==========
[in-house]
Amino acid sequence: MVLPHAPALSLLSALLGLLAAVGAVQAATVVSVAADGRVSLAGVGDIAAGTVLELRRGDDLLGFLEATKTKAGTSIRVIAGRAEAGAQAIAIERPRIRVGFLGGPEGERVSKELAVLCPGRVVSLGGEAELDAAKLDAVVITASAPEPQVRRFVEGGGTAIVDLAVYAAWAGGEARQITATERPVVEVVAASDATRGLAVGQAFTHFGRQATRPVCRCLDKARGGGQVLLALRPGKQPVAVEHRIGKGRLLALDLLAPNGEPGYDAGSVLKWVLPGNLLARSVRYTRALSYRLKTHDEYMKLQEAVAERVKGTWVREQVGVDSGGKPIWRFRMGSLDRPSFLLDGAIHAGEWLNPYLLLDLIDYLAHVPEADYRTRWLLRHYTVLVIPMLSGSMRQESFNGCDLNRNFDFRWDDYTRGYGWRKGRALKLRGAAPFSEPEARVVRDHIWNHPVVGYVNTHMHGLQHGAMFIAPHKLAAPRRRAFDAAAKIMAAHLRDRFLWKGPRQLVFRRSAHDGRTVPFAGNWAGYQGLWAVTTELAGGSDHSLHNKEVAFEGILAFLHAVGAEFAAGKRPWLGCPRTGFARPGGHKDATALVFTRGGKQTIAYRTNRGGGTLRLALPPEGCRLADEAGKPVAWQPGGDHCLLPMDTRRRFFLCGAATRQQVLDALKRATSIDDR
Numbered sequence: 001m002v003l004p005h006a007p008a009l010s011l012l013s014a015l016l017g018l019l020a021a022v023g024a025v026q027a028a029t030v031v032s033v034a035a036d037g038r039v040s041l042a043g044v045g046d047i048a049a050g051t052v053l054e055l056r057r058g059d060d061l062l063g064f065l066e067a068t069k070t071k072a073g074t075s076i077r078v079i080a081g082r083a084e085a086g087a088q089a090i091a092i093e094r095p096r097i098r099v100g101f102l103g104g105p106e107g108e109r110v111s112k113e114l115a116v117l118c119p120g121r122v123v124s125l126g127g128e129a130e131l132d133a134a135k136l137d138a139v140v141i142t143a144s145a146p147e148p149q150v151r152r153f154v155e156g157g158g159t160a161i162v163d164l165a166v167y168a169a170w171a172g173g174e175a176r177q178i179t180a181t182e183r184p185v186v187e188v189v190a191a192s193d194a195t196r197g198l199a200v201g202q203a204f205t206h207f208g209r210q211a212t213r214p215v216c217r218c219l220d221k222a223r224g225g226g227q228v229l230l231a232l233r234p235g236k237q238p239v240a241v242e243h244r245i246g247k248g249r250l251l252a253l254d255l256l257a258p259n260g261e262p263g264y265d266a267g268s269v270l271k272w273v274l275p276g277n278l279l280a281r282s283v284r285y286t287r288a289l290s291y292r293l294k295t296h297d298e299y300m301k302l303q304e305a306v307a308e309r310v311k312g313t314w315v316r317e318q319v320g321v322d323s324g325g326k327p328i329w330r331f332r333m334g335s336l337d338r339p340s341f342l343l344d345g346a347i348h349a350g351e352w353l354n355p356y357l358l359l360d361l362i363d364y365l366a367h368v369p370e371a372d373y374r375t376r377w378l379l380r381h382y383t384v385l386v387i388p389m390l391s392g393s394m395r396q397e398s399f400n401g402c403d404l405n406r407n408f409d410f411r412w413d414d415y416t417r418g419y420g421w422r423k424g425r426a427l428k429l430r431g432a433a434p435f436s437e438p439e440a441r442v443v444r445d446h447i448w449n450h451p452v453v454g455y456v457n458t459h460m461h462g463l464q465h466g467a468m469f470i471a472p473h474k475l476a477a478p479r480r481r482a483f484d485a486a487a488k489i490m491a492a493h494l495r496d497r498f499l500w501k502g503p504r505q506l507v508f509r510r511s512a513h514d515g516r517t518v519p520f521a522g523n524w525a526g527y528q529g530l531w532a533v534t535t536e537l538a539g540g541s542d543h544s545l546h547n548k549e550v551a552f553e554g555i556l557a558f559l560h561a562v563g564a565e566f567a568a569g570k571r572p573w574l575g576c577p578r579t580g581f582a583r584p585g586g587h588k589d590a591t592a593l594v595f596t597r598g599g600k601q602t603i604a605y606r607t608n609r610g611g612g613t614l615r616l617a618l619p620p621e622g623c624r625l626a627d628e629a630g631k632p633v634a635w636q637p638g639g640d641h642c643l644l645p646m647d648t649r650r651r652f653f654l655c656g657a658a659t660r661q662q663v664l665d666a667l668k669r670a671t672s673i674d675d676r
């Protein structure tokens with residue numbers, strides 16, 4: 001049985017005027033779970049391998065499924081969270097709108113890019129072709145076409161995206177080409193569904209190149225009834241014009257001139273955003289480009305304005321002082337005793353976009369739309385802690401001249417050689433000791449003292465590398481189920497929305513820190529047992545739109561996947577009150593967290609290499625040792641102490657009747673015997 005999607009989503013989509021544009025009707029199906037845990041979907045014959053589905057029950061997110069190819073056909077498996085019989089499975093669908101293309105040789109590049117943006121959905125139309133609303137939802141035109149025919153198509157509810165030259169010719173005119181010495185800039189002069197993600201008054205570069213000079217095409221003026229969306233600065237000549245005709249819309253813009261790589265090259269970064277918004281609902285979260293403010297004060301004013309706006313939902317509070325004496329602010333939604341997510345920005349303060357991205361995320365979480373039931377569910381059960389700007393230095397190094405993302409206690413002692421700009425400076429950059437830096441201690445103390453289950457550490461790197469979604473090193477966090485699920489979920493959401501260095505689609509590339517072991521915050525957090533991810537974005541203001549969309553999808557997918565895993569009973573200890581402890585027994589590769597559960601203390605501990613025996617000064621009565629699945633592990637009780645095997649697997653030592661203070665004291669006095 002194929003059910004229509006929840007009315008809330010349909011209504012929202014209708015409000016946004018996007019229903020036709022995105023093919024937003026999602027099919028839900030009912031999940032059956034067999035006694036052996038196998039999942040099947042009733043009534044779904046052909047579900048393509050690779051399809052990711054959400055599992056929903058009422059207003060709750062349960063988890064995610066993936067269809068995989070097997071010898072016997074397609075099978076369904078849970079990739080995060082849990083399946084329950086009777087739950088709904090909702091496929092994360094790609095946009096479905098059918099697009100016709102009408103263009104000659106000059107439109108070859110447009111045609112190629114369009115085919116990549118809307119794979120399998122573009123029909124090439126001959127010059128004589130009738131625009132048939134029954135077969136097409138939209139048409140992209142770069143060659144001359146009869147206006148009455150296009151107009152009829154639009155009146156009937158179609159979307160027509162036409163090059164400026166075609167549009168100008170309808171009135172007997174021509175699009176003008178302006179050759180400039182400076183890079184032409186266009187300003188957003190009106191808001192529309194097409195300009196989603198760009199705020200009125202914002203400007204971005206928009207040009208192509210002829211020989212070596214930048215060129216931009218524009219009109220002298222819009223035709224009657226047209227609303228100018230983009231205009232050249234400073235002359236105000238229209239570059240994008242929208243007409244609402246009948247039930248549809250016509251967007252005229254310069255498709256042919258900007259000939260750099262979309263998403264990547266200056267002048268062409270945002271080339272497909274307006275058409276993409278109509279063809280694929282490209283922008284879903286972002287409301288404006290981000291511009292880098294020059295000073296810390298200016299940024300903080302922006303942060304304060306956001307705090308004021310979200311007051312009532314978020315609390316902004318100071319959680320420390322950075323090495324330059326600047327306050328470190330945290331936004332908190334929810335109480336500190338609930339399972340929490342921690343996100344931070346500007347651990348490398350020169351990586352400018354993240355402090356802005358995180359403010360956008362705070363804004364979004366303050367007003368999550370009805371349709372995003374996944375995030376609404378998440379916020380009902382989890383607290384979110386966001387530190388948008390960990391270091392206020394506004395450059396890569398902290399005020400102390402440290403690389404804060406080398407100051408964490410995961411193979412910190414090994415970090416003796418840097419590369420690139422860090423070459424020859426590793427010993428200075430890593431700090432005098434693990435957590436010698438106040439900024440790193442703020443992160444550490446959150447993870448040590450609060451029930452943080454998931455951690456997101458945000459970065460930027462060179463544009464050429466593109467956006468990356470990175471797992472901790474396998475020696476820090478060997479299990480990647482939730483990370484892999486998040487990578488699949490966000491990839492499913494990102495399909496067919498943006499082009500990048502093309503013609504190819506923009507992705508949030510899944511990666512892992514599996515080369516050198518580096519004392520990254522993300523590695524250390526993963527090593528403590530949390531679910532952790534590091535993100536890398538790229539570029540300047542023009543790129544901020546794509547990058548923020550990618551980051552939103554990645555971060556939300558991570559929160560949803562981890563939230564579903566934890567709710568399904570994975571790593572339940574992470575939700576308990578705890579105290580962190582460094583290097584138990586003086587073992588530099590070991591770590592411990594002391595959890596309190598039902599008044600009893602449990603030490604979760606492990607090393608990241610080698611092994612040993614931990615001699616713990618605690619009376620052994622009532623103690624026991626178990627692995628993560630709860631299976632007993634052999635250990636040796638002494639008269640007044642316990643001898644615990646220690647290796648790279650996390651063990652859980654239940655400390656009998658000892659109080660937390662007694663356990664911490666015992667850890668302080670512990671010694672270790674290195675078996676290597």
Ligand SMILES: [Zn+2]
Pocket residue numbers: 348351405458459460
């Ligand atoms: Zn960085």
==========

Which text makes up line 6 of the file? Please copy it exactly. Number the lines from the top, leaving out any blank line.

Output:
Pocket residue numbers: 348351405458459460